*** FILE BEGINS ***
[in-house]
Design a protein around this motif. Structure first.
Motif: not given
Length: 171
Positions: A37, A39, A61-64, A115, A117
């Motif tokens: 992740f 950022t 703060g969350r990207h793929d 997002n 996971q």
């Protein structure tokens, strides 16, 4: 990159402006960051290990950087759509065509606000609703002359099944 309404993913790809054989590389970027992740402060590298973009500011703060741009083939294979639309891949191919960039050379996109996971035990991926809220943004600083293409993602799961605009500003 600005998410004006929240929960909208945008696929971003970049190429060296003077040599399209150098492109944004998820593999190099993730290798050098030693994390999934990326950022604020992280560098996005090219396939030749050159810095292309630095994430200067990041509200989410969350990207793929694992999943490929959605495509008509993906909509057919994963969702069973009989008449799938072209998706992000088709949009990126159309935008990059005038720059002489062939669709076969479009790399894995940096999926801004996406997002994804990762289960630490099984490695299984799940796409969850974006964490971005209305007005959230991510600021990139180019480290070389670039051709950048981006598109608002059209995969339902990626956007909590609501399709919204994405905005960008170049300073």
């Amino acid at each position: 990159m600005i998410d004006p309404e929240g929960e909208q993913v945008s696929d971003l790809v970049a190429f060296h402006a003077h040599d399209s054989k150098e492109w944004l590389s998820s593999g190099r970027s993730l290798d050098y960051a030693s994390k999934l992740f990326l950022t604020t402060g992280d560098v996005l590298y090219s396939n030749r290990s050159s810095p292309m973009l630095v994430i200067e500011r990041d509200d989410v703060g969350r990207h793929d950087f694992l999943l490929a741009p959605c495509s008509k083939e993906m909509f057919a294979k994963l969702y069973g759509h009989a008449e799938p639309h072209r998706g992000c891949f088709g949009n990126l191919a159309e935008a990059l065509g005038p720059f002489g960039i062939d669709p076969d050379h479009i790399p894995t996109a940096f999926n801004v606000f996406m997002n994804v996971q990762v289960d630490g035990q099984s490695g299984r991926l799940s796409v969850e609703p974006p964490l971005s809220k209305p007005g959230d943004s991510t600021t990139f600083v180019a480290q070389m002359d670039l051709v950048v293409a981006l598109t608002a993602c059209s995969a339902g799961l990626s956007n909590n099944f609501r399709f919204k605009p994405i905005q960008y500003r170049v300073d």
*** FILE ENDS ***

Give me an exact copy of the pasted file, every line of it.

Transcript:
[in-house]
Design a protein around this motif. Structure first.
Motif: not given
Length: 171
Positions: A37, A39, A61-64, A115, A117
């Motif tokens: 992740f 950022t 703060g969350r990207h793929d 997002n 996971q």
């Protein structure tokens, strides 16, 4: 990159402006960051290990950087759509065509606000609703002359099944 309404993913790809054989590389970027992740402060590298973009500011703060741009083939294979639309891949191919960039050379996109996971035990991926809220943004600083293409993602799961605009500003 600005998410004006929240929960909208945008696929971003970049190429060296003077040599399209150098492109944004998820593999190099993730290798050098030693994390999934990326950022604020992280560098996005090219396939030749050159810095292309630095994430200067990041509200989410969350990207793929694992999943490929959605495509008509993906909509057919994963969702069973009989008449799938072209998706992000088709949009990126159309935008990059005038720059002489062939669709076969479009790399894995940096999926801004996406997002994804990762289960630490099984490695299984799940796409969850974006964490971005209305007005959230991510600021990139180019480290070389670039051709950048981006598109608002059209995969339902990626956007909590609501399709919204994405905005960008170049300073």
């Amino acid at each position: 990159m600005i998410d004006p309404e929240g929960e909208q993913v945008s696929d971003l790809v970049a190429f060296h402006a003077h040599d399209s054989k150098e492109w944004l590389s998820s593999g190099r970027s993730l290798d050098y960051a030693s994390k999934l992740f990326l950022t604020t402060g992280d560098v996005l590298y090219s396939n030749r290990s050159s810095p292309m973009l630095v994430i200067e500011r990041d509200d989410v703060g969350r990207h793929d950087f694992l999943l490929a741009p959605c495509s008509k083939e993906m909509f057919a294979k994963l969702y069973g759509h009989a008449e799938p639309h072209r998706g992000c891949f088709g949009n990126l191919a159309e935008a990059l065509g005038p720059f002489g960039i062939d669709p076969d050379h479009i790399p894995t996109a940096f999926n801004v606000f996406m997002n994804v996971q990762v289960d630490g035990q099984s490695g299984r991926l799940s796409v969850e609703p974006p964490l971005s809220k209305p007005g959230d943004s991510t600021t990139f600083v180019a480290q070389m002359d670039l051709v950048v293409a981006l598109t608002a993602c059209s995969a339902g799961l990626s956007n909590n099944f609501r399709f919204k605009p994405i905005q960008y500003r170049v300073d």